Create the Ultimate Home Office Setup in 5 Steps
Many workers will continue to work from home, at least in some capacity, long into 2021 — and perhaps even permanently. That makes today a prime opportunity to reevaluate your home office setup, especially if you’re looking to move into a new apartment or house.
The ideal office space will account for both your physical and mental health to ensure that even when the work itself isn’t easy, getting into a comfortable work mode is a breeze.
1. Pick a spot for your home office setup
Are you still working at the kitchen table? If remote work will be a long-term arrangement, consider a more permanent and comfortable setup for your home office.
Ideally, your home office will have a dedicated space of its own, such as a converted spare room. That’s because working from home can blur the lines between work and leisure time; it’s all too tempting to get the laundry done in between meetings and let your work hours bleed into the evening. Designating an entire room for work helps to switch your brain into a working mentality — when you’re in that room, you’re at work. When you’re not, you’re taking time off.
However, having a totally separate office space isn’t always realistic. If working from home is going to be a permanent feature and your home just isn’t quite big enough to fit a dedicated home office, it might be time to think about moving. We’ve put together a guide to the best places to live for remote work, and you’ll want to make a plan for negotiating virtual home tours during the COVID-19 pandemic.
When looking at a potential home or apartment, envision where your home office could go. Having that in mind ahead of time will give you a leg up on some of the preparation that goes into your ideal home office.
2. Purchase comfortable furniture
First, you’ll need a desk. You may have been getting by with the kitchen table or sitting on the couch with a laptop but having a designated working space can really help to get you into the work mindset.
It doesn’t have to be boring; one of the best things about creating your own setup is that you don’t have to simply reproduce a bland office space in your house. You might purchase an antique writing desk complete with brass-handled drawers or opt for a chic Scandinavian-style table. If you’re feeling up for a challenge, you could even try building your own desk!
Most important of all, you’ll need a comfortable and ergonomic chair. After all, you’ll be sitting in it for roughly eight hours a day; a dining room chair or a cheap swivel seat just won’t cut it. Save yourself from future back problems — even if you’re on a tight budget, your office chair is the one thing you shouldn’t cut corners on.
3. Beef up your broadband
If you’ve been getting by with a DSL connection, you may want to upgrade to speedier cable or fiber broadband. Working from home is much more pleasant if you don’t have to wait for minutes at a time while files download, or you connect to your online video conferencing meeting.
If you already have fiber or cable and it still seems frustratingly slow, check your connection speed with an online speed checker and use an internet comparison tool to find an alternative internet package with a bit more oomph. If you’re not sure what internet speed your household might need, this guide can help.
Take a thorough look at your router to ensure it effectively connects to multiple devices at once. If your home office is a long way away from the modem, use a WiFi extender to boost the signal around your home.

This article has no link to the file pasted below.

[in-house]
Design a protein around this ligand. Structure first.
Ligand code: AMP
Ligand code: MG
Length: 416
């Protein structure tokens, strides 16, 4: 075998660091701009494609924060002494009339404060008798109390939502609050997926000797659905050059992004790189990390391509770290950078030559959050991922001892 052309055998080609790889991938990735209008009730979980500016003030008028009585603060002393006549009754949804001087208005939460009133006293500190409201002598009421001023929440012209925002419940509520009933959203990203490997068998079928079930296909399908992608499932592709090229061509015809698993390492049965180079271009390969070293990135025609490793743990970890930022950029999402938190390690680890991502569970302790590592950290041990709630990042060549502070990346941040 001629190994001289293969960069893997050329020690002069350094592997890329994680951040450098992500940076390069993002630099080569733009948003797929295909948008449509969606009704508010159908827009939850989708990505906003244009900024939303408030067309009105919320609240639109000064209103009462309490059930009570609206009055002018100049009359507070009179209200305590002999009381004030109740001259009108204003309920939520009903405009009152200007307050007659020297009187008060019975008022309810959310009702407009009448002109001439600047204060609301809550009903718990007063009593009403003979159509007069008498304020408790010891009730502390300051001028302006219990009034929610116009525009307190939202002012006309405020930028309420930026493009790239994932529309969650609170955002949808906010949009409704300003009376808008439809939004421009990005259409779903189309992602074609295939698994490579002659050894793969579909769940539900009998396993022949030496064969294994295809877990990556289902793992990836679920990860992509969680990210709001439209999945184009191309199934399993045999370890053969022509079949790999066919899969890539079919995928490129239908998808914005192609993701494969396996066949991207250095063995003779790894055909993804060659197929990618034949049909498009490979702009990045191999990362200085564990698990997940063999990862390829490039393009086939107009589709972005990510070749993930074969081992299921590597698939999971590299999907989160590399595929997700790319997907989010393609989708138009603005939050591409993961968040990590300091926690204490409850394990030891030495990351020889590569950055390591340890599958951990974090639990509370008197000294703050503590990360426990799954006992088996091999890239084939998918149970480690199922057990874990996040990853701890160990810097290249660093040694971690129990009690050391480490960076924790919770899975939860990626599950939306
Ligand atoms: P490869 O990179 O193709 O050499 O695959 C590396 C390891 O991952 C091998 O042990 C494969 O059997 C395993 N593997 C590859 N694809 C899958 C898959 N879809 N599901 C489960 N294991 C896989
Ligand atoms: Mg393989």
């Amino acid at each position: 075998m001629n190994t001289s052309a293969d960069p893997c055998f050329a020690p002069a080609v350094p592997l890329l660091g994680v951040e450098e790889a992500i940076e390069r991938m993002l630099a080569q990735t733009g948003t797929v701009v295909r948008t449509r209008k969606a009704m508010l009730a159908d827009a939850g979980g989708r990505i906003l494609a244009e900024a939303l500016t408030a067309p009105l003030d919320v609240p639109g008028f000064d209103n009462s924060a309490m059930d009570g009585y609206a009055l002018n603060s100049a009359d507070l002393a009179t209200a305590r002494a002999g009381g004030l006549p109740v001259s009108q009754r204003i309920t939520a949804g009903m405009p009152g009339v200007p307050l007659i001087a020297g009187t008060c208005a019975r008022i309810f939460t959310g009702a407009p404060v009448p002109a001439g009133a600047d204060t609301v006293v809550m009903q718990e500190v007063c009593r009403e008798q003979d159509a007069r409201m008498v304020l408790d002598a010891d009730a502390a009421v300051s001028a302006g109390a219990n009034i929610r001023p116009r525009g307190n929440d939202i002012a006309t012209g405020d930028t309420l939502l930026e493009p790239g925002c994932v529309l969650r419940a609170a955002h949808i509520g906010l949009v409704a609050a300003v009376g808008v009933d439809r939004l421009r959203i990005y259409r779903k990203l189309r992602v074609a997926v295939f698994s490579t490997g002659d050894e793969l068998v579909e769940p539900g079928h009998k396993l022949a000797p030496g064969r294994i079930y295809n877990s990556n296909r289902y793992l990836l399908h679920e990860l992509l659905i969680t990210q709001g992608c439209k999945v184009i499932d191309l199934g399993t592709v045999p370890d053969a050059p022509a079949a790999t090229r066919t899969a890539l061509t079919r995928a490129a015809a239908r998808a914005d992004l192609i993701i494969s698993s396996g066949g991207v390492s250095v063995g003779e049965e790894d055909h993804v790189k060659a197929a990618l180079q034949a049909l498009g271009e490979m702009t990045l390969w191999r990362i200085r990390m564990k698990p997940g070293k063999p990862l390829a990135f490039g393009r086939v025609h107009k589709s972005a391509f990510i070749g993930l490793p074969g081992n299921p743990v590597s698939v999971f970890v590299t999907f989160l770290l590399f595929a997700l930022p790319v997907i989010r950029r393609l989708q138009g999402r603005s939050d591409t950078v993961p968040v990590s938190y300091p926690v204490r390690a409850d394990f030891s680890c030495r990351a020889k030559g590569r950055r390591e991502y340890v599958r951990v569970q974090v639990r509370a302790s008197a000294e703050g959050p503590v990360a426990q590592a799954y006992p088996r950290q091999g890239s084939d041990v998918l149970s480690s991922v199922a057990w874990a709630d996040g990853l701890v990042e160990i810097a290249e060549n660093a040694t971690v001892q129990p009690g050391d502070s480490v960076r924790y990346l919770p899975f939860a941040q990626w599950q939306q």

4. Give your laptop some love
If you spend a considerable amount of time hunched over your screen, consider stepping up your office tech. Connecting your humble laptop to a high-resolution monitor — or multiple monitors — gives you a more ergonomic sitting position and lets you work with multiple documents at once. Similarly, an ergonomic keyboard and mouse help protect the wrists. Keep any new gear safe (and gain a few extra sockets) with a surge protector. This guide can help you to work out what other tech you may need for working from home.
5. Above all, look after yourself
The most important consideration in your home office setup is building a space you feel comfortable in, both physically and mentally. Working from home can be isolating and sometimes stressful, so give yourself the freedom to design your office however makes you happiest.
- Light the space. Lighting in particular affects your mood in a space. Soft lighting from well-placed lamps can boost your mental health and prevent screen squinting. Try to soak in as much natural light as you can — a view of the outside world through a window or skylight is preferable to staring at a dark wall.
- Personalize your spot. Fill the space with mementos such as family photos, paintings, prints, and models or toys. Painting the room in a cheerful color can lift your spirits, and this guide to house painting can help you get started. Plants also cheer up small, drab spaces and act as natural air filters.
- Prioritize physical activity. One of the hardest things about working from home is staying active without a daily commute. An under-the-desk foot peddler can help to keep blood flowing while you work. Alternatively, simply set a timer to remind you to get up and move every hour or so. If sitting down all day is causing back problems, switch to an adjustable-height standing desk and stay on your feet for part of the day while you work.
- Keep water within reach. Get a water filter or smart water bottle to help you drink more water. It might not replace chats around the watercooler, but it will keep you hydrated during those long workdays.
Small considerations like these add up to make a massive difference when working from home. By the time you’ve finished perfecting your ultimate home office, you might never want to go back to a “proper” office again.